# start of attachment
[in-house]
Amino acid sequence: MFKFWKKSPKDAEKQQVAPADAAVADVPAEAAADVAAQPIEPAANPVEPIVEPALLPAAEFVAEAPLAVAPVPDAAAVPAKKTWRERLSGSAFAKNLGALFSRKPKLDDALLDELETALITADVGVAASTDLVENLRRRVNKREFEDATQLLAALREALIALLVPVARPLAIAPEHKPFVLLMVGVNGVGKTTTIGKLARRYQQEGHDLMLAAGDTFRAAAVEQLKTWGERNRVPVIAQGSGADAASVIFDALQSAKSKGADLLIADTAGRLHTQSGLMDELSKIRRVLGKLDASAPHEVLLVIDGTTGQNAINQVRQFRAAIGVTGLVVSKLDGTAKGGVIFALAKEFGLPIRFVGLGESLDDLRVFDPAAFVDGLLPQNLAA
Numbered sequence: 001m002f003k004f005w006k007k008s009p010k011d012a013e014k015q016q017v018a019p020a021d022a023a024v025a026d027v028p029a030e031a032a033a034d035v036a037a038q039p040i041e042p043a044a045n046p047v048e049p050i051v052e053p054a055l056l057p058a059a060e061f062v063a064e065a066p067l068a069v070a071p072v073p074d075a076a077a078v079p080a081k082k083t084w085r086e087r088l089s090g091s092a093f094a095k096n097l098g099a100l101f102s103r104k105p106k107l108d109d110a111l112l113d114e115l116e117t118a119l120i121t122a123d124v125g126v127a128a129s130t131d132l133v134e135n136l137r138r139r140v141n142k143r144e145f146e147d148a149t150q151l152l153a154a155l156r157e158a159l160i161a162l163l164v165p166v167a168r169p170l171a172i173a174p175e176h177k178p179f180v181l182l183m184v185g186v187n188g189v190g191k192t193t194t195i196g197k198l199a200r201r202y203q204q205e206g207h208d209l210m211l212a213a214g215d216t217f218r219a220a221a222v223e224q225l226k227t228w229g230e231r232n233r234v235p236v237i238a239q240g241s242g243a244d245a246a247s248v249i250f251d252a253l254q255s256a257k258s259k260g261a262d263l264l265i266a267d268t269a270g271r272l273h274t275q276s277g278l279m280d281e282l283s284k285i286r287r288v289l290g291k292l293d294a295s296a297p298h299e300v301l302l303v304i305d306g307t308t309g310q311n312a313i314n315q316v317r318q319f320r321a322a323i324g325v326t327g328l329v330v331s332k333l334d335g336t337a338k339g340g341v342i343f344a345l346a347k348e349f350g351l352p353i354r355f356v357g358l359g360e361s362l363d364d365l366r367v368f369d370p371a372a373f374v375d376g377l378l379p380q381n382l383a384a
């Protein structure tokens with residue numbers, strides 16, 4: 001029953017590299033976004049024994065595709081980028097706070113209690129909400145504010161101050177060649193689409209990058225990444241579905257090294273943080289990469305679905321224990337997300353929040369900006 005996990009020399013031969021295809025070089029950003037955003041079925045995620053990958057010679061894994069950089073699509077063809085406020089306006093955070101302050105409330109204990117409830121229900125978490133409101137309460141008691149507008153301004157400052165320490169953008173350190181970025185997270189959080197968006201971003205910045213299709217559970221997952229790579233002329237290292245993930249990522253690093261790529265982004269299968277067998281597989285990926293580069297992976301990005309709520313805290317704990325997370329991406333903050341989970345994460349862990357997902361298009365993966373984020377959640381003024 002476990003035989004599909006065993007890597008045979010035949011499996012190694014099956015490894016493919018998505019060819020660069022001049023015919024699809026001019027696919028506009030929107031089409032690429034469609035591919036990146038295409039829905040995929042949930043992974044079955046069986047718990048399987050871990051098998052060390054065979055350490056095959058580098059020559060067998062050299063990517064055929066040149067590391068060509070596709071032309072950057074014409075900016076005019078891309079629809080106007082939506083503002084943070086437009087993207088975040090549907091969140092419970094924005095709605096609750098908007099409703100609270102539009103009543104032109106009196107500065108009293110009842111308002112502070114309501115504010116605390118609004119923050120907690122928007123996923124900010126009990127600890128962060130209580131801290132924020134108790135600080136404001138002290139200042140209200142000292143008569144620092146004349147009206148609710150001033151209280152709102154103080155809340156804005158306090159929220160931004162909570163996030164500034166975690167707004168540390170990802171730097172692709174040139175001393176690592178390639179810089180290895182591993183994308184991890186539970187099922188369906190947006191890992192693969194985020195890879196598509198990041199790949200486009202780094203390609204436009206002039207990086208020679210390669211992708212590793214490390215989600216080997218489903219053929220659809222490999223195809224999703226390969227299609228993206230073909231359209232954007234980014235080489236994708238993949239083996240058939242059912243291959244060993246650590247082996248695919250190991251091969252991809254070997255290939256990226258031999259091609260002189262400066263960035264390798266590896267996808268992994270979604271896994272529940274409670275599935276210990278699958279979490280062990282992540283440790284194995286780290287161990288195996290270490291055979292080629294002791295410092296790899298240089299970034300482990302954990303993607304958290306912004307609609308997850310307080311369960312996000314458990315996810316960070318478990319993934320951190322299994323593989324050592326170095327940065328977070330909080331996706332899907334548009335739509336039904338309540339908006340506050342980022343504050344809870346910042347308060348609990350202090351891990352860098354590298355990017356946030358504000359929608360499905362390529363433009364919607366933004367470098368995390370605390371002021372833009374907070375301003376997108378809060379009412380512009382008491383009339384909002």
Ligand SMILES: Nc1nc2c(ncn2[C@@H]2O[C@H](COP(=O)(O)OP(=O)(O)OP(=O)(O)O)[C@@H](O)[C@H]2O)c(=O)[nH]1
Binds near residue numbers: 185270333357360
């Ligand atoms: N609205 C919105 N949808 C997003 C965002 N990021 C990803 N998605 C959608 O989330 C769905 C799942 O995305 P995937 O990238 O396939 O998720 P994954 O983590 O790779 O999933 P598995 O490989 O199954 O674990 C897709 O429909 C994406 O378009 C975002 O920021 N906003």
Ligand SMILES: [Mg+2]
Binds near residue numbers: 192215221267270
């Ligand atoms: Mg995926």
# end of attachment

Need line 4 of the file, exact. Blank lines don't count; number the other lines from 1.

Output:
């Protein structure tokens with residue numbers, strides 16, 4: 001029953017590299033976004049024994065595709081980028097706070113209690129909400145504010161101050177060649193689409209990058225990444241579905257090294273943080289990469305679905321224990337997300353929040369900006 005996990009020399013031969021295809025070089029950003037955003041079925045995620053990958057010679061894994069950089073699509077063809085406020089306006093955070101302050105409330109204990117409830121229900125978490133409101137309460141008691149507008153301004157400052165320490169953008173350190181970025185997270189959080197968006201971003205910045213299709217559970221997952229790579233002329237290292245993930249990522253690093261790529265982004269299968277067998281597989285990926293580069297992976301990005309709520313805290317704990325997370329991406333903050341989970345994460349862990357997902361298009365993966373984020377959640381003024 002476990003035989004599909006065993007890597008045979010035949011499996012190694014099956015490894016493919018998505019060819020660069022001049023015919024699809026001019027696919028506009030929107031089409032690429034469609035591919036990146038295409039829905040995929042949930043992974044079955046069986047718990048399987050871990051098998052060390054065979055350490056095959058580098059020559060067998062050299063990517064055929066040149067590391068060509070596709071032309072950057074014409075900016076005019078891309079629809080106007082939506083503002084943070086437009087993207088975040090549907091969140092419970094924005095709605096609750098908007099409703100609270102539009103009543104032109106009196107500065108009293110009842111308002112502070114309501115504010116605390118609004119923050120907690122928007123996923124900010126009990127600890128962060130209580131801290132924020134108790135600080136404001138002290139200042140209200142000292143008569144620092146004349147009206148609710150001033151209280152709102154103080155809340156804005158306090159929220160931004162909570163996030164500034166975690167707004168540390170990802171730097172692709174040139175001393176690592178390639179810089180290895182591993183994308184991890186539970187099922188369906190947006191890992192693969194985020195890879196598509198990041199790949200486009202780094203390609204436009206002039207990086208020679210390669211992708212590793214490390215989600216080997218489903219053929220659809222490999223195809224999703226390969227299609228993206230073909231359209232954007234980014235080489236994708238993949239083996240058939242059912243291959244060993246650590247082996248695919250190991251091969252991809254070997255290939256990226258031999259091609260002189262400066263960035264390798266590896267996808268992994270979604271896994272529940274409670275599935276210990278699958279979490280062990282992540283440790284194995286780290287161990288195996290270490291055979292080629294002791295410092296790899298240089299970034300482990302954990303993607304958290306912004307609609308997850310307080311369960312996000314458990315996810316960070318478990319993934320951190322299994323593989324050592326170095327940065328977070330909080331996706332899907334548009335739509336039904338309540339908006340506050342980022343504050344809870346910042347308060348609990350202090351891990352860098354590298355990017356946030358504000359929608360499905362390529363433009364919607366933004367470098368995390370605390371002021372833009374907070375301003376997108378809060379009412380512009382008491383009339384909002």